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Life Notes: Be a Good Neighbor
by Erin Rockett, NCC, LPC, LMFT
In recent times, war images and human suffering dominate television and print media. Such images often reflect absolute misery, poverty, and lack of basic human necessities such as clean water, food, and medical care. As a relatively affluent society in comparison to many nations, we often take for granted many privileges which we consider to be basic rights. However, human suffering and difficulties are not limited to other countries, and happen all around us. As individuals, many wonder what difference one person can make. Being a good neighbor is a philosophy which starts with kind gestures and small acts in our own community, with endless potential for larger scale growth.
Below are many ideas for being “neighborly” on a personal level.
You can offer to baby sit for a young couple or for a single parent, or cook a meal to share with an elderly neighbor.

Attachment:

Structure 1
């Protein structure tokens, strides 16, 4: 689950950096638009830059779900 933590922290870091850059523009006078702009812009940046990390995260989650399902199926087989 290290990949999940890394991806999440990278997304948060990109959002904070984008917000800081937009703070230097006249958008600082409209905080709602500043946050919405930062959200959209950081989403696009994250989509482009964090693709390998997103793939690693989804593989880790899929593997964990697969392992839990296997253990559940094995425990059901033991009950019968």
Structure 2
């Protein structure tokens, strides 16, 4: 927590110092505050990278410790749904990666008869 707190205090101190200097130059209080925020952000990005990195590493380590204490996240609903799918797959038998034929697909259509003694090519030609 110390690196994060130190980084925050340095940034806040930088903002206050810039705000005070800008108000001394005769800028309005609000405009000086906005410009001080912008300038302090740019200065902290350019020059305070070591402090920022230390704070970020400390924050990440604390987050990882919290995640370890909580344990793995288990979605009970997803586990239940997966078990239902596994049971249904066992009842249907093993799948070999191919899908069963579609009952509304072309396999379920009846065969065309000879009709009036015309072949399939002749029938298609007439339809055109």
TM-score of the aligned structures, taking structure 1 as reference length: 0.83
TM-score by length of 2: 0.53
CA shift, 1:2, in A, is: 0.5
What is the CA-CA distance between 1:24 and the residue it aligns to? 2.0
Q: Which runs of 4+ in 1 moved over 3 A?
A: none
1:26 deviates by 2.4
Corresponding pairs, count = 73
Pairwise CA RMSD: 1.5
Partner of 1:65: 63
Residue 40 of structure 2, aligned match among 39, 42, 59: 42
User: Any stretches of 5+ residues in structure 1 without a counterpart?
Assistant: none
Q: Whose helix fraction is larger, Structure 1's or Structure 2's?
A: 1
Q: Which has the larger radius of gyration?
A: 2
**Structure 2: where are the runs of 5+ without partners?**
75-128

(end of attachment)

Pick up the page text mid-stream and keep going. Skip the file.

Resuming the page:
Purchase extra nonperishable food on sale and donate to a local food bank or soup kitchen.
Collect soda cans, or organize a bake sale as a fundraiser for local non-profit organizations.
Buy/donate furniture or educational supplies to a local shelter, or donate pet supplies to an animal shelter.
Sponsor humanitarian aid through an international relief organization.
Sign up to become an organ donor when renewing your drivers’ license.
Learn first aid and CPR, or donate blood to your local blood bank.
Become a homeroom helper at your local elementary school, or an after school tutor.
Arrange to teach crafts or gardening classes for residents of a local retirement home.
Mentor a child through big brothers/big sisters program, or take classes to become a visiting resource for children through the Office of Community Services.
Through the kind acts of many individuals, a world of good is accomplished.
The Life Notes articles are written by staff of Louisiana Methodist Children’s Home and are published in The Ruston Daily Leader.